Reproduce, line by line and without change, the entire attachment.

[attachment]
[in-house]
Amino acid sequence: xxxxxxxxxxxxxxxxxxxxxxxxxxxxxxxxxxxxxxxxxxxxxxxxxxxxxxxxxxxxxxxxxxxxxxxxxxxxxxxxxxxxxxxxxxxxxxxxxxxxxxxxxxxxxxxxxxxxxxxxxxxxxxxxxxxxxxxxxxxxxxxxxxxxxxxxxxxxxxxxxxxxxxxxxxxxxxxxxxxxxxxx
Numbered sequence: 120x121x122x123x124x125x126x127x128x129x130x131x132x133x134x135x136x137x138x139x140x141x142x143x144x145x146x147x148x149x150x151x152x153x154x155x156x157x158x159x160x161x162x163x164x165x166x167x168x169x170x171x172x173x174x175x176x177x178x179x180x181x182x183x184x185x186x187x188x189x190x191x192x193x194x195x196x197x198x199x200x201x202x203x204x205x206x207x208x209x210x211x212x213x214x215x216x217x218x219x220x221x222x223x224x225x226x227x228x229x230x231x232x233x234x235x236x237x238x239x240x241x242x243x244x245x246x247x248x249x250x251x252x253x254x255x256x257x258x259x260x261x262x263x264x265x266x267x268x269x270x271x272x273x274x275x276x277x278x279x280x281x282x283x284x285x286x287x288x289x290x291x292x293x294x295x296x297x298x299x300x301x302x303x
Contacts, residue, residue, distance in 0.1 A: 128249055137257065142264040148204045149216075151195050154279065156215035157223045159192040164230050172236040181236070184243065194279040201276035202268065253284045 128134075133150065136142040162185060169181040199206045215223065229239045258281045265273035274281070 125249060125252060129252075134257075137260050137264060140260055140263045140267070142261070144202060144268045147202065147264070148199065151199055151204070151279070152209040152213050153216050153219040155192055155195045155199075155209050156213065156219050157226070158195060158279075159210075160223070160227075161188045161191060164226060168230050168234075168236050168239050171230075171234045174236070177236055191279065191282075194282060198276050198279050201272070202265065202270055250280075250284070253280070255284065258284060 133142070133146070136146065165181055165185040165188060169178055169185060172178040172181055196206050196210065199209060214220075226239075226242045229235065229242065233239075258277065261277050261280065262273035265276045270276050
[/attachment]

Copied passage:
[in-house]
Amino acid sequence: xxxxxxxxxxxxxxxxxxxxxxxxxxxxxxxxxxxxxxxxxxxxxxxxxxxxxxxxxxxxxxxxxxxxxxxxxxxxxxxxxxxxxxxxxxxxxxxxxxxxxxxxxxxxxxxxxxxxxxxxxxxxxxxxxxxxxxxxxxxxxxxxxxxxxxxxxxxxxxxxxxxxxxxxxxxxxxxxxxxxxxxx
Numbered sequence: 120x121x122x123x124x125x126x127x128x129x130x131x132x133x134x135x136x137x138x139x140x141x142x143x144x145x146x147x148x149x150x151x152x153x154x155x156x157x158x159x160x161x162x163x164x165x166x167x168x169x170x171x172x173x174x175x176x177x178x179x180x181x182x183x184x185x186x187x188x189x190x191x192x193x194x195x196x197x198x199x200x201x202x203x204x205x206x207x208x209x210x211x212x213x214x215x216x217x218x219x220x221x222x223x224x225x226x227x228x229x230x231x232x233x234x235x236x237x238x239x240x241x242x243x244x245x246x247x248x249x250x251x252x253x254x255x256x257x258x259x260x261x262x263x264x265x266x267x268x269x270x271x272x273x274x275x276x277x278x279x280x281x282x283x284x285x286x287x288x289x290x291x292x293x294x295x296x297x298x299x300x301x302x303x
Contacts, residue, residue, distance in 0.1 A: 128249055137257065142264040148204045149216075151195050154279065156215035157223045159192040164230050172236040181236070184243065194279040201276035202268065253284045 128134075133150065136142040162185060169181040199206045215223065229239045258281045265273035274281070 125249060125252060129252075134257075137260050137264060140260055140263045140267070142261070144202060144268045147202065147264070148199065151199055151204070151279070152209040152213050153216050153219040155192055155195045155199075155209050156213065156219050157226070158195060158279075159210075160223070160227075161188045161191060164226060168230050168234075168236050168239050171230075171234045174236070177236055191279065191282075194282060198276050198279050201272070202265065202270055250280075250284070253280070255284065258284060 133142070133146070136146065165181055165185040165188060169178055169185060172178040172181055196206050196210065199209060214220075226239075226242045229235065229242065233239075258277065261277050261280065262273035265276045270276050